For many years there was no choice either a birth mother was honored and recognized on Mother's Day, or not at all. In 1990, a group of Seattle birth mothers sought to correct that oversight and created a special day to honor those mothers who lost children to adoption. Birth Mother's Day had a variety of purposes to educate, honor and to help heal.
Traditionally, Mother's Day has been a difficult day for women who either placed or otherwise lost children to adoption. For many women in closed adoptions, their pain is hidden just as their birth mother status often is. As they begin to emerge from the shadows, Birth Mother's Day could provide a healthy time for them to embrace their status as mothers and finally acknowledge their motherhood.
With reunions occurring in unprecedented numbers now, there is often somewhat of a dilemma as Birth Mother's Day and Mother's Day approach. It is strictly a matter of personal preference and/or conviction as to which day to celebrate. How holidays are dealt with in reunion is one of the many issues to be settled upon. There are few absolutes; we all must decide what feels most comfortable for us and our children.
For me personally, however, there is something about Birth Mother's Day that disturbs me a bit. Though I know it was created strictly with the best of intentions, I am not quite certain it feels right to me for a birth mother not to be honored on the same day all other mothers are. Mother's Day was originally created to honor all Mothers I guess I wonder why should birth mothers need a separate day they are a specific type of mother, just as adoptive mothers are.
We spend a great deal of time in adoption circles discussing the term "mother". Is a woman who gives birth, but does not parent, a mother, a birth mother, a natural mother or a first mother? The mother who raises an adopted child is sometimes called the childs mother, the adopter, or at times, the adoptive mother. Then, of course there is the question most guaranteed to set sparks flying, "Who is the "real" mother?" in adoption forums, I have seen numerous heated debates trying to sort out who is the "real" mother.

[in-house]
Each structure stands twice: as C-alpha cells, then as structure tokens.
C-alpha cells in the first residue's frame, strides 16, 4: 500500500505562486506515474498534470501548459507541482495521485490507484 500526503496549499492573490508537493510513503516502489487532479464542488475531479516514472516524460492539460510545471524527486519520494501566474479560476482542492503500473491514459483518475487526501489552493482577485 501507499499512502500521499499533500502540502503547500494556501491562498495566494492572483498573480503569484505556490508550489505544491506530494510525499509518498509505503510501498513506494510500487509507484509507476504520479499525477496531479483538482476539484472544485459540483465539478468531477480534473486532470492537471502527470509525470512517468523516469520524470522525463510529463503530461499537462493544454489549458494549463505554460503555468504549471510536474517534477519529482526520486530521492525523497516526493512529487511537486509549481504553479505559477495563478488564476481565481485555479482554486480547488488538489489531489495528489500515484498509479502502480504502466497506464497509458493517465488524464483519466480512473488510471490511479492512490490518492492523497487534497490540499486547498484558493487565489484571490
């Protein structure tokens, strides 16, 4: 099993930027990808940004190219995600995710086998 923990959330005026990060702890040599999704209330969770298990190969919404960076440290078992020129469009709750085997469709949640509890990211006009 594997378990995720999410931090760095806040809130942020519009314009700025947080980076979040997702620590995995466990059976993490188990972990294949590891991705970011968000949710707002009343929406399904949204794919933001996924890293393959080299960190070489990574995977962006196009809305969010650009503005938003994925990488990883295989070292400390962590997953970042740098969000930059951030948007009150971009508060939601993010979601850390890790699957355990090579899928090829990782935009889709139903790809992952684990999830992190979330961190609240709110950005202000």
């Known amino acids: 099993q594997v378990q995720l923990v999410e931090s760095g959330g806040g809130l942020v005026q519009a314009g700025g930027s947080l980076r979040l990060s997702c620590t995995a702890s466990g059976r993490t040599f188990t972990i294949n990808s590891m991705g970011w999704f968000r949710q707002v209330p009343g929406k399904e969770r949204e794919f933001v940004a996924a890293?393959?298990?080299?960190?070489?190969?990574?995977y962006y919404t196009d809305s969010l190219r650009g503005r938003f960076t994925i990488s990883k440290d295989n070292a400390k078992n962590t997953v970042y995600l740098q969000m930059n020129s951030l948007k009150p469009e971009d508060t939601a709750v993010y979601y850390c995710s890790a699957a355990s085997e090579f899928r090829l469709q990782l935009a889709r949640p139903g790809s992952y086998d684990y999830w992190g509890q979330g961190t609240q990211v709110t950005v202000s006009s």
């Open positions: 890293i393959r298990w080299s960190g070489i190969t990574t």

The fact is we are all "real" mothers. Neither mother is imaginary, fake or any less real than the other mother. Adopted children are the products of nature and nurture. Sometimes it takes not a whole village to raise a child, but, simply two mothers. Even mothers who take no part in the raising of a child have still contributed genetic "gifts" to their children.
Some birth mothers enjoy the ceremonies and celebrations which honor their motherhood on Birth Mother's Day. As long as their motherhood is acknowledged at some point in time, it is of no consequence which day they pick Birth Mother's Day or Mother's Day.
For me though, I am glad my son doesnt know about the existence of Birth Mother's Day. I much prefer that he think of me on Mother's Day as he does his other mother. We are both his mothers and to become the wonderful son he is today - we were both necessary in his life.
Three Mother's Days have passed since my son first found me. We have slowly formed a relationship based on love, trust, mutual respect and a durable bond that connects us as mother and son. From our first phone conversation, there was a warm and easy connection. Last Mother's Day, my son gave me a unique gift that was unprecedented in our relationship; he called to wish me "Happy Mother's Day". It was a warm and joyous moment that made my heart sing and brought a broad smile to my face!